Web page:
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Fun facts about the ‘Lion King’ stage production

  • Published Saturday, Sep. 1, 2012, at 3:35 p.m.
  • Updated Saturday, Sep. 1, 2012, at 4:24 p.m.

Puppets

•  Director and designer Julie Taymor, along with designer Michael Curry, hand-sculpted and painted every prototype mask that now appears in the “Circle of Life” opening of the show.

•  Their department of mask-makers, sculptors, puppeteers and artisans spent 17,000 hours to build the anthropomorphic animal characters for the original Broadway production.

•  Mufasa’s mask weighs 11 ounces. Scar’s mask weighs 7 ounces, and Sarabi’s mask is 4 ounces.

•  The masks, along with many others used in the show, are extremely lightweight (just under 1 pound) and are made of silicone rubber (to form the mask imprint) with carbon fiber overlay, the same durable material used to build airplanes.

•  More than 750 pounds of silicone rubber were used to make the masks.

•  The tallest animals in the show are the four 18-foot exotic giraffes from “I Just Can’t Wait to Be King.” The two giraffes in “Circle of Life” are 14 feet high. Two actors, trained in stilt-walking, climb 6-foot ladders to fit inside the puppets, mount stilts and enter stage left to cross the stage.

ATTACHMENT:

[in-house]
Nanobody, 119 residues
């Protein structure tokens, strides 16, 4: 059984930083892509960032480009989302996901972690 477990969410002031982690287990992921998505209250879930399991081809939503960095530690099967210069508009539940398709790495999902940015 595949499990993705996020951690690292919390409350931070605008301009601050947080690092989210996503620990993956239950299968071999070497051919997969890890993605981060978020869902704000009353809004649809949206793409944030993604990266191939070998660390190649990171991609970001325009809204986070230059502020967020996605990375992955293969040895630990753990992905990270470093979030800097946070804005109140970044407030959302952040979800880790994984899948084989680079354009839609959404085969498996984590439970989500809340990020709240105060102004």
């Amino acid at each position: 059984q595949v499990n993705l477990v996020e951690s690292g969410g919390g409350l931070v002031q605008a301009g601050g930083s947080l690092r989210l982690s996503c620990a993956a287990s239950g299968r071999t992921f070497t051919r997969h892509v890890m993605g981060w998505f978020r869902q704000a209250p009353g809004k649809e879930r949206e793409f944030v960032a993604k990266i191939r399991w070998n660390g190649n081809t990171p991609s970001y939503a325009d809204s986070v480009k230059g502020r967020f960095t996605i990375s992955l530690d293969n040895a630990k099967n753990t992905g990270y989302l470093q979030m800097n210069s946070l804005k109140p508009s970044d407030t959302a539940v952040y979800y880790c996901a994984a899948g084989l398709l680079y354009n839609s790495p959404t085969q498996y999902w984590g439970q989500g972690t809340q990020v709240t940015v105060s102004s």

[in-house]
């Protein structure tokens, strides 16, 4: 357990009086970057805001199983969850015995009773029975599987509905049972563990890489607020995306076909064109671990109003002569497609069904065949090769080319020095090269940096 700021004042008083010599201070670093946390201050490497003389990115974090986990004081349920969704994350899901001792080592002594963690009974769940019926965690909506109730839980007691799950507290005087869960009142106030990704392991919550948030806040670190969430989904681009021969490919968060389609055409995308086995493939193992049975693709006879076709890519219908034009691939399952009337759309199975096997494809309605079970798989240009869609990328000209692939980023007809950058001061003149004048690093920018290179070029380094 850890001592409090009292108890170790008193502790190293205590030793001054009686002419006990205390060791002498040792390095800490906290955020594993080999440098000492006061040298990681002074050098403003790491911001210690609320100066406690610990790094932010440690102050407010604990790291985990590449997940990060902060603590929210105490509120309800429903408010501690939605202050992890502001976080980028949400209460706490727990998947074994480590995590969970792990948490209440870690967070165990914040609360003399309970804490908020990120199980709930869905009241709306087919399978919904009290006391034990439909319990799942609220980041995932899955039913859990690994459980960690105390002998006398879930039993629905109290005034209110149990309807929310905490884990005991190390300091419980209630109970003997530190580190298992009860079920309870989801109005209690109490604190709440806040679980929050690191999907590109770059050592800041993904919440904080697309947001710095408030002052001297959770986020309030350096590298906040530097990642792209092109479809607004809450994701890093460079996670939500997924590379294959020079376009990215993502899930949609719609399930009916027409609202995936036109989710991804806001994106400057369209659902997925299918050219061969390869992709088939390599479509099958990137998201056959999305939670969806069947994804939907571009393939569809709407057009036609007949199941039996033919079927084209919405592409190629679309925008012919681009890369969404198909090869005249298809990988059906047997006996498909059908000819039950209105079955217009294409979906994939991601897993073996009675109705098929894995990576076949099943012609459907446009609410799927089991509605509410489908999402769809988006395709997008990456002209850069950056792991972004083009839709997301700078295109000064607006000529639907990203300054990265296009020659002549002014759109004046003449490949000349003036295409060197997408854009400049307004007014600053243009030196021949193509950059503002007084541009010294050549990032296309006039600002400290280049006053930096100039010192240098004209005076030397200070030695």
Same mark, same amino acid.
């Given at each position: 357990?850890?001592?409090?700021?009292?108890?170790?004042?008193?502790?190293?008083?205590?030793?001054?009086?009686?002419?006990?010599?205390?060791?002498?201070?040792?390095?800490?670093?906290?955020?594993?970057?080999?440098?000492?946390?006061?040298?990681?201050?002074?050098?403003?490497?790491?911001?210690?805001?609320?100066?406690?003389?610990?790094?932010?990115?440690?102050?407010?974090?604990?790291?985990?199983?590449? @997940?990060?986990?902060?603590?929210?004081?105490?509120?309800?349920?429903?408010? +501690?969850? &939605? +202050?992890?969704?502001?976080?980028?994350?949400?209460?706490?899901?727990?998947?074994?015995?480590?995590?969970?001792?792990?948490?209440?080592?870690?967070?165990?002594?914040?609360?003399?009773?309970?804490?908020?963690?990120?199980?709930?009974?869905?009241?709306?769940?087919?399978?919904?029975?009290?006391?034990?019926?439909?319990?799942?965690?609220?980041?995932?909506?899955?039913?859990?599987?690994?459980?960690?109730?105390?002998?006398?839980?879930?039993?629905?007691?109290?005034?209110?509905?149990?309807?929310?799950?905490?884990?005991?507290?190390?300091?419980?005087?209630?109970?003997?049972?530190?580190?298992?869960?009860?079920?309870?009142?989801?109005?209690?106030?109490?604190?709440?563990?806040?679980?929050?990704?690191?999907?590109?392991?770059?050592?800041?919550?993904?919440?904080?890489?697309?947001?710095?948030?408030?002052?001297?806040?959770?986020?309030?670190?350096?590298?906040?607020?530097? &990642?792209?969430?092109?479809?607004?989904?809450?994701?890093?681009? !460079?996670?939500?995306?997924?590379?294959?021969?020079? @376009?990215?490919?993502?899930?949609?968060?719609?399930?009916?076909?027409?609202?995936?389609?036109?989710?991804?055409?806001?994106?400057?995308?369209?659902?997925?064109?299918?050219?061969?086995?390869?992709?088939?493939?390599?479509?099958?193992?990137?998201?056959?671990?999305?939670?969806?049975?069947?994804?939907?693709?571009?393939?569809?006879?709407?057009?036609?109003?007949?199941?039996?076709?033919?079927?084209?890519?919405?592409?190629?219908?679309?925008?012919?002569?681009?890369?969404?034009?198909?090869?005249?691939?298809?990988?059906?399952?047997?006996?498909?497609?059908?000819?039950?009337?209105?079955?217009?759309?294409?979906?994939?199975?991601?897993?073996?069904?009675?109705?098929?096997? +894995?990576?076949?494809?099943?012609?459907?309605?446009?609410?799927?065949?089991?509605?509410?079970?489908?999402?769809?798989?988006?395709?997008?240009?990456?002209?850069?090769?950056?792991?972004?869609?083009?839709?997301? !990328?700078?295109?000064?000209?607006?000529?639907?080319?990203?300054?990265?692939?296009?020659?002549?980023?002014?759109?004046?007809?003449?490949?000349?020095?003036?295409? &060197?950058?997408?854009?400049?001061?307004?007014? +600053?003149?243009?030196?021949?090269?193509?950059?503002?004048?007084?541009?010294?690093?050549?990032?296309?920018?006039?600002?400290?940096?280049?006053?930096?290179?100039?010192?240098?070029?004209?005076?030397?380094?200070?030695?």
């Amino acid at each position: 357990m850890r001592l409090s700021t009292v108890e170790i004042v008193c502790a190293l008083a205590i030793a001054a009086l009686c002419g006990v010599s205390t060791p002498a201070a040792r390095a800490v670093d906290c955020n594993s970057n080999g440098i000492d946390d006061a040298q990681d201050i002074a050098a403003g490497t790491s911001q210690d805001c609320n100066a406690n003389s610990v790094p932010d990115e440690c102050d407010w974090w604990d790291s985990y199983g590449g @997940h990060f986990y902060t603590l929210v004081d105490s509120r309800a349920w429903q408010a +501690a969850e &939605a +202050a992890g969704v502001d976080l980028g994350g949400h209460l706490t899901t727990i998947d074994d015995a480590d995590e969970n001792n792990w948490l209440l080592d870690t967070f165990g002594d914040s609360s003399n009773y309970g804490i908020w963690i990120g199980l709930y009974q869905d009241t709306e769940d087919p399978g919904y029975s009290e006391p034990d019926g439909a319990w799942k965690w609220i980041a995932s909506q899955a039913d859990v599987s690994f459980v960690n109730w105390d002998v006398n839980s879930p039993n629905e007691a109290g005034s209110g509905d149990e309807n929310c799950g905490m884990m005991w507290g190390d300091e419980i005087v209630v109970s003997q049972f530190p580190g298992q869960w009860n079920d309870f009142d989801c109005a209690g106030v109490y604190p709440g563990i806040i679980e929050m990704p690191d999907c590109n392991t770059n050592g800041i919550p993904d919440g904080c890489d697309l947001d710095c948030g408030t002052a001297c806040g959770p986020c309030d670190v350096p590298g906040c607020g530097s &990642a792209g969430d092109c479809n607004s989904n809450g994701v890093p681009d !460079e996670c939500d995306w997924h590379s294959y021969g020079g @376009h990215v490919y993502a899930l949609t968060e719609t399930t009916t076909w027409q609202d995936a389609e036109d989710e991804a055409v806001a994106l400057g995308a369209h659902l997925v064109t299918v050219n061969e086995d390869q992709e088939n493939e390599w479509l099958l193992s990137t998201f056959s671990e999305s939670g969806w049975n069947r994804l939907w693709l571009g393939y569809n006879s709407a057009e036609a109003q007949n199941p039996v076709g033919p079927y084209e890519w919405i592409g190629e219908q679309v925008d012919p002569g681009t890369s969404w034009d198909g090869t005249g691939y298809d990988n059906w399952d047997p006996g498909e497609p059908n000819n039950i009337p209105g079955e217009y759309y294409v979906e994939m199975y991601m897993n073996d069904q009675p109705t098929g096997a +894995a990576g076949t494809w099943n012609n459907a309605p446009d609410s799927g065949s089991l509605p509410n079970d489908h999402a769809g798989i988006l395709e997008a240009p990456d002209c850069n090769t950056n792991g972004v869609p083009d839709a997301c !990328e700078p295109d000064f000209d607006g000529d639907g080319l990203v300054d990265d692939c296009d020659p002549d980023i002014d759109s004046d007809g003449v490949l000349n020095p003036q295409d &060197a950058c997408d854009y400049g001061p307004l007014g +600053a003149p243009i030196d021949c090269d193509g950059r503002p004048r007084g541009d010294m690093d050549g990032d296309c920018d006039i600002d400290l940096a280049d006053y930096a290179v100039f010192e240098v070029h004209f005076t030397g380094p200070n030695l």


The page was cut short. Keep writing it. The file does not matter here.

•  The elephant is the largest and longest animal in the show. At 13 feet long and 9 feet wide, the puppet requires four actors to carefully walk her down the orchestra aisle. The puppet can collapse for storage.

•  The smallest animal is the 5-inch trick mouse at the end of Scar’s cane.

•  The Timon meerkat puppet weighs 15 pounds.

Costumes

•  Pumbaa the Warthog is the heaviest costume at 45 pounds.

•  The yearly maintenance of the 20 Grasslands headdresses requires more than 3,000 stalks of grass.

•  Each ensemble member plays a hyena and a Grassland head.

By the numbers

•  Puppets: 200

•  Ants on the Ant-Hill Lady costume: 100

•  Wigs: 45

•  Types of animals, birds, fish and insects represented in the show: 25

•  Indigenous African languages spoken in the show: six (Swahili, Zulu, Xhosa, Sotho, Tswana and Congolese)

•  On tour, there are 134 people involved with the show’s daily production. Among them:

19 wardrobe staff

18 musicians

11 carpenters

10 electricians

Five hair/makeup artists

Four props people

Four stage managers

Three puppet craftspeople

Three sound people

Two creative associates

Two company managers

Two merchandise associates

One child guardian

One physical therapist

Source: Disney

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